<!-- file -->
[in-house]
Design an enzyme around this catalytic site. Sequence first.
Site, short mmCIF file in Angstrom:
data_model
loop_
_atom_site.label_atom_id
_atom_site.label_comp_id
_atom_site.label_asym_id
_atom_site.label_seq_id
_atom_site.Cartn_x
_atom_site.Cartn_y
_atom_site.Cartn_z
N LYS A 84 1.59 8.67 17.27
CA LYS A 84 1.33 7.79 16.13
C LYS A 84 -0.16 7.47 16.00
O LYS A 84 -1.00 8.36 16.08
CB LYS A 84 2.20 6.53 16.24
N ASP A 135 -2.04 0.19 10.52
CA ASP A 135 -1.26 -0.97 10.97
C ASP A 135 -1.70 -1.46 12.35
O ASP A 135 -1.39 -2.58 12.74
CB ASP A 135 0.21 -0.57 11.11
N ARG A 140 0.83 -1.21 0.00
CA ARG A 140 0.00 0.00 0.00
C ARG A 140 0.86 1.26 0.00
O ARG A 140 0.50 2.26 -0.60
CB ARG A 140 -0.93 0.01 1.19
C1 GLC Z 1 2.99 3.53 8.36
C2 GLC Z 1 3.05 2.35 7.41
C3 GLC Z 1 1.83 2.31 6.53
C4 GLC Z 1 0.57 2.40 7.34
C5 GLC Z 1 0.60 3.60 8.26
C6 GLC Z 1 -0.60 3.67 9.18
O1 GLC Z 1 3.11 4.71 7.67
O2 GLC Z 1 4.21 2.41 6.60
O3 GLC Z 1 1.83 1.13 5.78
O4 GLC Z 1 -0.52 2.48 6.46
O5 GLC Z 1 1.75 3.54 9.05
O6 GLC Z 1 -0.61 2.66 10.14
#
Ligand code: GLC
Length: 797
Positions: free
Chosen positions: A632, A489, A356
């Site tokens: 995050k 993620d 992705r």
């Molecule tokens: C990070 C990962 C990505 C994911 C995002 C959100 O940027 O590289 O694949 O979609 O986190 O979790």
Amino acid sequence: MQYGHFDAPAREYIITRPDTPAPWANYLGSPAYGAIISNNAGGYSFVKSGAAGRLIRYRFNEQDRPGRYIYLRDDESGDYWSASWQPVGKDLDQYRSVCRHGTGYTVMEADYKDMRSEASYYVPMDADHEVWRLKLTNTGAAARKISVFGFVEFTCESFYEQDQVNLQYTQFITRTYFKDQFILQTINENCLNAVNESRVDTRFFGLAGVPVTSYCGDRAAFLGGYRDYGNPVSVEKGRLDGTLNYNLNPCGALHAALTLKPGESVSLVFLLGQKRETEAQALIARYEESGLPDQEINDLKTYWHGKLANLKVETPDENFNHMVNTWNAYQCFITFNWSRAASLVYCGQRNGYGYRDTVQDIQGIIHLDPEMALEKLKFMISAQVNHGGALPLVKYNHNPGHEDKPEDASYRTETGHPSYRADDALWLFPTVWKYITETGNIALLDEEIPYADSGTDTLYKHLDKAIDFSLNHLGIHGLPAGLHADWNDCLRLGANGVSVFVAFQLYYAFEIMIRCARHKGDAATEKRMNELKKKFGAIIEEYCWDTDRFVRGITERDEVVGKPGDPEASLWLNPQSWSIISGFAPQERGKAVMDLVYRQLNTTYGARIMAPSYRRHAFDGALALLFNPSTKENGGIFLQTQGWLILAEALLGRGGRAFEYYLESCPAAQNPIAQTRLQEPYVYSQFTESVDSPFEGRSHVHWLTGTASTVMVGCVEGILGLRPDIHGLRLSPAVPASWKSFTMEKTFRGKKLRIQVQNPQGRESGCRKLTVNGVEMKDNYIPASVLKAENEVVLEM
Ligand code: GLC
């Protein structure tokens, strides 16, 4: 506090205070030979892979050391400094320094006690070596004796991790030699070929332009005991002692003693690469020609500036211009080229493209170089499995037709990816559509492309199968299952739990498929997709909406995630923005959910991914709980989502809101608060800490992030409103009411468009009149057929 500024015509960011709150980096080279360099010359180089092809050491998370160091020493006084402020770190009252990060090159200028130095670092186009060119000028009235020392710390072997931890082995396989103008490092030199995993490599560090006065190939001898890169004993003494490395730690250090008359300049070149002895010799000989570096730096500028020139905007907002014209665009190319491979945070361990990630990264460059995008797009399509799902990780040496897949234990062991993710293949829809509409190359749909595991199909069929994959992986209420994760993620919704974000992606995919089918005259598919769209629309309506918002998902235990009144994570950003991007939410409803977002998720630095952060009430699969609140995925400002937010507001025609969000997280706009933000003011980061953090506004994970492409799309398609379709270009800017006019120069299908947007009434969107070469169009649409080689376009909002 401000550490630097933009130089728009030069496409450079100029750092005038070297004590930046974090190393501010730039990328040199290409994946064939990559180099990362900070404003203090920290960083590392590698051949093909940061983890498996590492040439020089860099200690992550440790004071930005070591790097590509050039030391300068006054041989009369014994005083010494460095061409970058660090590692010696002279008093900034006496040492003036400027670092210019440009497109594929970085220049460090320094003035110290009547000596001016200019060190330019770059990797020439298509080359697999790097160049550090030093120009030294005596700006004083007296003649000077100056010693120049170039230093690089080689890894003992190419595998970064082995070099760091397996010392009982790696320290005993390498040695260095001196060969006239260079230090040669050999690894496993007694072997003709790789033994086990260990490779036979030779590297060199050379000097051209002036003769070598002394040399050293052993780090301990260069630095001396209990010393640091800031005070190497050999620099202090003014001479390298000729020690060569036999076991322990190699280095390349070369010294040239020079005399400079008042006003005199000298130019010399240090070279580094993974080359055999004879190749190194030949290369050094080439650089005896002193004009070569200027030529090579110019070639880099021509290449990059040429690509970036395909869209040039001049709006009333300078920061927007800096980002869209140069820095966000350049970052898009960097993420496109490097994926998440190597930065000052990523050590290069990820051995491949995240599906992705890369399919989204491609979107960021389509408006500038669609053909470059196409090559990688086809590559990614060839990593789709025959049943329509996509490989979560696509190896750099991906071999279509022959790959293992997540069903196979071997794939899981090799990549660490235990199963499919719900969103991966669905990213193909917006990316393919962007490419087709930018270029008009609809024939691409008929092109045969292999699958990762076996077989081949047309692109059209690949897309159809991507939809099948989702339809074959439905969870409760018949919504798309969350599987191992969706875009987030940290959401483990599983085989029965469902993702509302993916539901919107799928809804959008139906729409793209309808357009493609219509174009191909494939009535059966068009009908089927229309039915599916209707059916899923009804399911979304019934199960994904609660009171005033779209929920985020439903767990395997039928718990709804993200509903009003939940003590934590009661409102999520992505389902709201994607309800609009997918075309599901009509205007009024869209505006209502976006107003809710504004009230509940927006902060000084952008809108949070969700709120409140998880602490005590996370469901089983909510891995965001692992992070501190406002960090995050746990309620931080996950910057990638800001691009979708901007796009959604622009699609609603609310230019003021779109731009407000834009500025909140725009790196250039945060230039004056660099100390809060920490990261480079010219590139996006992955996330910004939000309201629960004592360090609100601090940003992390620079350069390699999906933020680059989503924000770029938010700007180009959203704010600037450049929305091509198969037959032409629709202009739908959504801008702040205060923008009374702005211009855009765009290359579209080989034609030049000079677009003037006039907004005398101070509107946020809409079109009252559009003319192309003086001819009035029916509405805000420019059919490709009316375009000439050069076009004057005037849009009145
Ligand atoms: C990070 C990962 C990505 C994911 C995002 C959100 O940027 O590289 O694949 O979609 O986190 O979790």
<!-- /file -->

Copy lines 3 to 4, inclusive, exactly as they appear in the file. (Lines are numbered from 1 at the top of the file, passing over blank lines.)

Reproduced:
Site, short mmCIF file in Angstrom:
data_model